§ 23. Mr. T. KENNEDY
asked the Minister of Agriculture whether, in view of the fact that there is no evidence that foot-and-mouth disease can be conveyed in frozen meat, and that chilled and frozen meat from the Argentine, where the disease has been prevalent for many years, is now admitted into this country, he can so vary the embargo against Continental meat imports as to admit of uniform conditions being applied to South American and Continental supplies?
As far as investigations have as yet proceeded, the Ministry has no reason to suppose that freezing or chilling, followed by detention in cold storage, is effective in destroying the virus of foot-and-mouth disease. The Ministry is therefore not prepared to add to the risks of the introduction of infection by allowing the importation of frozen or chilled meat from the Continent. As yet no evidence incriminating Argentine imports has been forthcoming.
§ Mr. KENNEDY
Is the right hon. Gentleman not aware that last week he told the House there was no risk of infection, and why does he make this distinction between the Argentine and Continental countries?
I never made the distinction the hon. Gentleman puts in my mouth. I said we were taking the matter up with the Argentine to avoid any possible risk, and that we had no evidence against it at present.
§ Mr. KENNEDY
Did not the right hon. Gentleman say last week there was absolutely no evidence that the disease could be conveyed by frozen meat?
§ 21. Mr. T. KENNEDY (for Mr. W. THORNE)
asked the Minister of Agriculture whether his Department has made any agreement with the Agricultural Department of the Netherlands with respect to the recent embargo against the import of meat; and the conditions, if any, he has intimated to the Government of Holland as a necessary pre-requisite for the resumption of meat imports from that country?
The answer to the first part is in the negative, and the second part does not therefore arise.
§ 22. Mr. T. KENNEDY (for Mr. W. THORNE)
asked the Minister of Agriculture whether he is aware that three weeks ago fine calves were to be bought in Smithfield Market wholesale at 5s. 4d. per stone, and to-day the ruling price is 10s. 8d. per stone, an increase of 100 per cent., pigs three or four weeks ago could be bought at 9d. to 10d. per lb., and to-day the price is 1s. 2d. and 1s. 3d. per lb. and whether the Government intends taking any action to prevent this rise in the price of the various kinds of meat?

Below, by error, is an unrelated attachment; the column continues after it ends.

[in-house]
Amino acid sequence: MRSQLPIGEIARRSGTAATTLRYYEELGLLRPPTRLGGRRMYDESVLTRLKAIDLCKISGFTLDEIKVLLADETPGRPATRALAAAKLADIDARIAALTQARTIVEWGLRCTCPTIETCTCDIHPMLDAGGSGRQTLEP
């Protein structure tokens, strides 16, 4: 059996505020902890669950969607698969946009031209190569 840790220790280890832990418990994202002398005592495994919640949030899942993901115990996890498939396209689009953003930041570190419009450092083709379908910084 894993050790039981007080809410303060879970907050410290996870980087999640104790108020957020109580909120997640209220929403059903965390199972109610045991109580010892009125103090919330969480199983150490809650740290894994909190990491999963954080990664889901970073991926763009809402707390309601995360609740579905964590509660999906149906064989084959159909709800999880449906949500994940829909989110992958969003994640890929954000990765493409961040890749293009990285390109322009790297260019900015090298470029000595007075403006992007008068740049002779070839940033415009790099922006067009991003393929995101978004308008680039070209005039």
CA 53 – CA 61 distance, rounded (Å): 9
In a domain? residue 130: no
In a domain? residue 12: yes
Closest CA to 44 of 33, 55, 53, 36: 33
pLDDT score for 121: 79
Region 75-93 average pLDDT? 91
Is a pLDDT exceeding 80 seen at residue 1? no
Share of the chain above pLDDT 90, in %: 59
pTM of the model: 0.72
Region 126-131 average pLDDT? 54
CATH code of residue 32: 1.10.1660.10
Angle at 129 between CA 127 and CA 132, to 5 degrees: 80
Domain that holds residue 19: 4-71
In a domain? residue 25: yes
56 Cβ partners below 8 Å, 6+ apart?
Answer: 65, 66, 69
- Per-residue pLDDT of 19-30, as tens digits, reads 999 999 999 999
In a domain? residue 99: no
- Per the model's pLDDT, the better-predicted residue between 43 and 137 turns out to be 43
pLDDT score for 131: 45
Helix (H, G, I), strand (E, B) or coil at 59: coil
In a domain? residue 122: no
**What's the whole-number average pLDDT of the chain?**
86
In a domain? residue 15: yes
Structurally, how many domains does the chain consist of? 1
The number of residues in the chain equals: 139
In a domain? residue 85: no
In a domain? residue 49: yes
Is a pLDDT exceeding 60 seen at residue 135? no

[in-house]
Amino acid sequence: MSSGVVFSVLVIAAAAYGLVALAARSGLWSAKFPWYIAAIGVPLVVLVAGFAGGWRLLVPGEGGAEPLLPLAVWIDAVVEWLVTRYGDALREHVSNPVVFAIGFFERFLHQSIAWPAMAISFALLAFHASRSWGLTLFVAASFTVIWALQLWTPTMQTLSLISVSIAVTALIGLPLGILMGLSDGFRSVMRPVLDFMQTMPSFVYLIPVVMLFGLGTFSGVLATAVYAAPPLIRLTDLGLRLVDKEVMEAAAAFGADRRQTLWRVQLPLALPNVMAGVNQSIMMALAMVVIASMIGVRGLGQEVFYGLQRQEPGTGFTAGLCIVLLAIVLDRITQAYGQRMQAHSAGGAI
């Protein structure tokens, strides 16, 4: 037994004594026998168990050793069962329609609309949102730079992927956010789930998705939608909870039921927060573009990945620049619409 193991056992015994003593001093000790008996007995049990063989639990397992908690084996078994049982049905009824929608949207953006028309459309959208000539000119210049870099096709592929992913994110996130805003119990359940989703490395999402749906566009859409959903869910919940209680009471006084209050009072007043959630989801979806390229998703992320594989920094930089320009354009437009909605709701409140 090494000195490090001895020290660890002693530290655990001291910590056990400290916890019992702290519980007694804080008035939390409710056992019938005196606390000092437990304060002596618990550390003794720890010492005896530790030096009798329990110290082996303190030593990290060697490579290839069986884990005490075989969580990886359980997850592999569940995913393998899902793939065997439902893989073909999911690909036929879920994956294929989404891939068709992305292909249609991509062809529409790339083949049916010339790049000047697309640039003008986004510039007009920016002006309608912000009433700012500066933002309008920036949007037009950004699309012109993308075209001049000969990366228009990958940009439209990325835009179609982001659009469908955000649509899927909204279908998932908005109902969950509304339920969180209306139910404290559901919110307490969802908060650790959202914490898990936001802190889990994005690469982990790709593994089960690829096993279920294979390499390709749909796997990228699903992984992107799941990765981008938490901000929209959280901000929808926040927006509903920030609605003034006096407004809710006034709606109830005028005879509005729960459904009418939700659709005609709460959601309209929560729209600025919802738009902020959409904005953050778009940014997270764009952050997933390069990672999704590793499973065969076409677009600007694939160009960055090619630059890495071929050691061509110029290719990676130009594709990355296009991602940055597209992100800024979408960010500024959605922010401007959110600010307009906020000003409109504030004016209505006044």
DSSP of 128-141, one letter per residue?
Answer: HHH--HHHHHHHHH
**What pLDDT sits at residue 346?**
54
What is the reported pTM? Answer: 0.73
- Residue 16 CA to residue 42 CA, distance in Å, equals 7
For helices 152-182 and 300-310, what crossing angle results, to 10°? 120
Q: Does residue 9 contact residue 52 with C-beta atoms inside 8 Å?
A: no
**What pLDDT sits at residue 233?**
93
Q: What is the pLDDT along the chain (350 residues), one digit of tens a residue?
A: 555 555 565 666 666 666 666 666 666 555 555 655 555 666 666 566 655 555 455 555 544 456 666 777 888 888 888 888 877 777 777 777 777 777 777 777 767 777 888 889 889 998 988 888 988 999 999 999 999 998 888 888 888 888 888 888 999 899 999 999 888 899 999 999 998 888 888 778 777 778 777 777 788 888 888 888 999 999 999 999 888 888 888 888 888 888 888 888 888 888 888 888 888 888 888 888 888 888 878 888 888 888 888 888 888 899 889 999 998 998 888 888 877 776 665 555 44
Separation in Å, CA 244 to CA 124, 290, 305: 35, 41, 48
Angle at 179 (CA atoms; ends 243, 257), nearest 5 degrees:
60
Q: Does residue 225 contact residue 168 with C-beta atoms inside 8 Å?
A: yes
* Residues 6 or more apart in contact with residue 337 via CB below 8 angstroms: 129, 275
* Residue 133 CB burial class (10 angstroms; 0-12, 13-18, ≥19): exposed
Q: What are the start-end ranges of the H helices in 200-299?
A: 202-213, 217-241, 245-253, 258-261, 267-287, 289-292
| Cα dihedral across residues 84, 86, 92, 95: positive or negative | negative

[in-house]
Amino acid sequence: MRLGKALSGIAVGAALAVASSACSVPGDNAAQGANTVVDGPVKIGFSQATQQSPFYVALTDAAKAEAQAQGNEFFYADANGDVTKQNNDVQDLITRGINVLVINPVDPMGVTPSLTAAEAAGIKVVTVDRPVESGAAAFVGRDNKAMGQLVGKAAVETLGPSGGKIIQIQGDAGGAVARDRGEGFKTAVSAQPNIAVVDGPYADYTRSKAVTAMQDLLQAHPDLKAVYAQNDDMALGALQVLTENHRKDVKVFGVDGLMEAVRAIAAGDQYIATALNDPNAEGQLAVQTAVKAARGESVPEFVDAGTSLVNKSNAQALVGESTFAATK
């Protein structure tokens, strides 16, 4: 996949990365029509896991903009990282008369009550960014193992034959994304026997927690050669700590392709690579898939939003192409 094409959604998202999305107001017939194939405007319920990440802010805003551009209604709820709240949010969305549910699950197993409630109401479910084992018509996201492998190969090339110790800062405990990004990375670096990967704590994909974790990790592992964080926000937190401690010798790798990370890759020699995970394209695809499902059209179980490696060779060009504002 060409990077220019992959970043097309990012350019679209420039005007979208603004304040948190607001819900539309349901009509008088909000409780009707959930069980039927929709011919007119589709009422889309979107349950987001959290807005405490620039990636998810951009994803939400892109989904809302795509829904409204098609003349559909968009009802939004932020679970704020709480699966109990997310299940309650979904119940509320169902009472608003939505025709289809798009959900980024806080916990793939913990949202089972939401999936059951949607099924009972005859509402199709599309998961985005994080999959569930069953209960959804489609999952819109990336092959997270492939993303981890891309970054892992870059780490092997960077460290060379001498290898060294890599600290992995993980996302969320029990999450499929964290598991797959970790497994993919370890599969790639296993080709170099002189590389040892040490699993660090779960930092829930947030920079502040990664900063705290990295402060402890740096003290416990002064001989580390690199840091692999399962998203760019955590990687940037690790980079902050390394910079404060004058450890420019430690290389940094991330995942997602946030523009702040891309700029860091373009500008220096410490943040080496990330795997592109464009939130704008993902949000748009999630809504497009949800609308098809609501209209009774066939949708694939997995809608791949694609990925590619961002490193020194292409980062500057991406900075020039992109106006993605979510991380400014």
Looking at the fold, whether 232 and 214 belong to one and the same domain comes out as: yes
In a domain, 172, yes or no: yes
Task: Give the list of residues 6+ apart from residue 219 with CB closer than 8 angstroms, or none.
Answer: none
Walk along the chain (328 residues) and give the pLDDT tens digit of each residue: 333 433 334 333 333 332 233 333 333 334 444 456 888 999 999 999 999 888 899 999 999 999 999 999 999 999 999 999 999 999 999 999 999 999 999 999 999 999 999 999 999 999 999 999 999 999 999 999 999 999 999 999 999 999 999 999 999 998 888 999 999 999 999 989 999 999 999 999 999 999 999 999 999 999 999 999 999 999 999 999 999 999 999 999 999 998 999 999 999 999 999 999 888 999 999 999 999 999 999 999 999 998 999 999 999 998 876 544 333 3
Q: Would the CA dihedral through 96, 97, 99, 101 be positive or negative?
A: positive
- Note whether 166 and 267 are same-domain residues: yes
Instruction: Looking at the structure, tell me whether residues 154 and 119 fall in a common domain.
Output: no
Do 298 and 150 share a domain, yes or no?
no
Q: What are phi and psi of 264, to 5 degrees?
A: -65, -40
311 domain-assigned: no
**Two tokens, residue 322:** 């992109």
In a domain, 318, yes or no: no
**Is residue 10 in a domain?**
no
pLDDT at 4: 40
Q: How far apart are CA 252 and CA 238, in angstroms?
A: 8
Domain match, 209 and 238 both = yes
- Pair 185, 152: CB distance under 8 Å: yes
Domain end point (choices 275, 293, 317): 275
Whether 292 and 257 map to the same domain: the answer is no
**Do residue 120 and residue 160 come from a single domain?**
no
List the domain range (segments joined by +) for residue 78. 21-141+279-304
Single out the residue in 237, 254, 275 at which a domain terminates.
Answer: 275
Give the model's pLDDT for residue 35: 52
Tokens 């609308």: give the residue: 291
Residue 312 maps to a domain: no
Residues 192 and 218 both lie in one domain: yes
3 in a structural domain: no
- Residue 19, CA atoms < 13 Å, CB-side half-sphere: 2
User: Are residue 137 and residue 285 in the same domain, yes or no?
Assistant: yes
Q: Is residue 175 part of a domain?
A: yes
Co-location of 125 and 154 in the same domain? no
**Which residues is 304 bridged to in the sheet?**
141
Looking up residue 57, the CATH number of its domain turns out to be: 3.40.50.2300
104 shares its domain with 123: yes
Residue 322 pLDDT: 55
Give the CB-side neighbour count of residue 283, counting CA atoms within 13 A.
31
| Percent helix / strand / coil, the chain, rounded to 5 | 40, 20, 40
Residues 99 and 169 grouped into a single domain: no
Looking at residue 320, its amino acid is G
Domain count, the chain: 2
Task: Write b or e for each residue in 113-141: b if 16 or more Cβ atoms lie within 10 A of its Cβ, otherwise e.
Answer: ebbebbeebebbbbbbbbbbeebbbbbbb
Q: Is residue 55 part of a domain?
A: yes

I am aware that the prices of calf and pig carcases in Smithfield Market were higher last week than three or four weeks ago, but the increases were not so great as the hon. Member suggests. In the week ending 2nd June veal prices, as given in the official reports issued by the market authorities, ranged from 5s. 4d. to 4d. per stone and in the week ending the 26th June the range was from 7s. to 10s. per stone, an increase of about 794 35 per cent. The highest prices quoted for pork last week were Is. 1d. to ls. 2d. per lb. for pigs of under 10 stone, and the average for similar pigs in the week ending 2nd June was 10½d. to 11d. per lb. It was natural that the sudden stoppage of Continental supplies of veal and pork to the London markets should lead for a time to shorter supplies and higher prices on those markets, and there has not yet been sufficient time for the markets to adjust themselves to the new conditions. In order to satisfy the London demand supplies of home-produced pork and veal are being, and will continue to be, attracted to the Metropolis, and the extra demand in the country for animals suitable for the London trade should induce farmers to produce the type of animals required.
What steps is the right hon. Gentleman going to take to safeguard the consumer against these abnormal prices? A rise of 25 per cent. in meat prices is a very serious thing for the working class consumer.
I think these rises will probably prove to be temporary. They have not shown themselves in the provincial markets, and the figures which were put in this question are very misleading, because the prices given as ruling before the embargo are the lowest prices, and they are compared with the top prices after the embargo.
§ Major COLFOX
Is it not a fact that the embargo policy has been adopted in order to safeguard the consumer?